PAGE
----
Ill disagree with the caveat that I havent watched it in a long time. I thought it was infinitely better than Generations save for Shatner. And I wish they had saved All Good Things to use as the film and made the “past” Enterprise the “A” with the originals. I think what people want in a finale is something that sums up the series, hearkens back to the series’ emotional beats, re-visits its past in such a way that the viewer does too and leaves on an emotional up tick. And this accomplished that. In much the same way the Enterprise finale didn’t. And much the same way the Voyager finale didnt even though both used the same gimmick of jumping into the future. In both those cases the future jump robbed us of the organic emotional experience of “seeing it through” with these characters. In All Good Things, it didn’t rob us…it enhanced our experience in a bittersweet way knowing that conflict and illness afflicted our beloved characters and presented a hurdle to over-come. The fact it book-ended the series with the same gimmick also served to tighten the entire series as if it was one long story. It made everything the TNG characters did take on more importance within the context of proving to the Q that humanity was worthy. And it paid off on the on-going tease of whether Q was actually helping Picard all along by showing us that yes, in fact, he was a friend… Read more »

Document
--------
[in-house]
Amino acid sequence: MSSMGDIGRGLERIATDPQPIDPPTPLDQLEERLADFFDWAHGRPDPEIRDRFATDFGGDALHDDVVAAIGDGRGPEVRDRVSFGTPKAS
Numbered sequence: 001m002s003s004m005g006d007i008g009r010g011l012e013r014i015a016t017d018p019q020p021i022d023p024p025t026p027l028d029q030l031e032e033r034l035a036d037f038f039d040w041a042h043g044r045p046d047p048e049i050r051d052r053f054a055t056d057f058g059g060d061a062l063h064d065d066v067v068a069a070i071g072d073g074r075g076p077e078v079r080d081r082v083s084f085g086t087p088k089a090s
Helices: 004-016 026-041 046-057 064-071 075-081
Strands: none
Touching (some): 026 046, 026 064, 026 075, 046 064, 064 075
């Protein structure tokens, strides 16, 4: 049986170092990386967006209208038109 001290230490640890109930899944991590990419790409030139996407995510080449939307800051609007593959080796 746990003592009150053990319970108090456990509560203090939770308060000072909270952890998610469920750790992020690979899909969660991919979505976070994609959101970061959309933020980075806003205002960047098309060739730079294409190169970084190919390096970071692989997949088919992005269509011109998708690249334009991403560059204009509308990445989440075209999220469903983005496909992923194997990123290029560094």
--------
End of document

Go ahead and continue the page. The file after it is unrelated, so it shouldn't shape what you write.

TUP Today 11:40 am

I agree that there are some emotional beats hit. And that “All Good Things….” is better than the VOY and ENT finales. But, there wasn’t really a wrapping up for the characters, or resolving the issues presented for them throughout the series. In the case of Worf, I was actually disappointed at the portrayal of how he’d turned out—a disgruntled, disillusioned, dissatisfied, cynical government bureaucrat. I didn’t see any particular reason why Worf should have ended up that way. And it’s not as though Geordie’s challenges with women was resolved or even addressed. Neither was Data’s series-long quest to be more human resolved or even addressed. Nothing significant about Riker or Troi, either. Dr. Crusher is depicted as having married and then divorced Picard, which is kind of a downer. Nothing about Barclay. This lack of wrapping up the characters doesn’t surprise me for TNG, as was always more of an objectively-themed show (like TOS, which was even more so, as the characters were reset after pretty much every episode), then a subjectively-themed show (like DS9). I’m just addressing it because you raised the issue of the character arcs.

*than*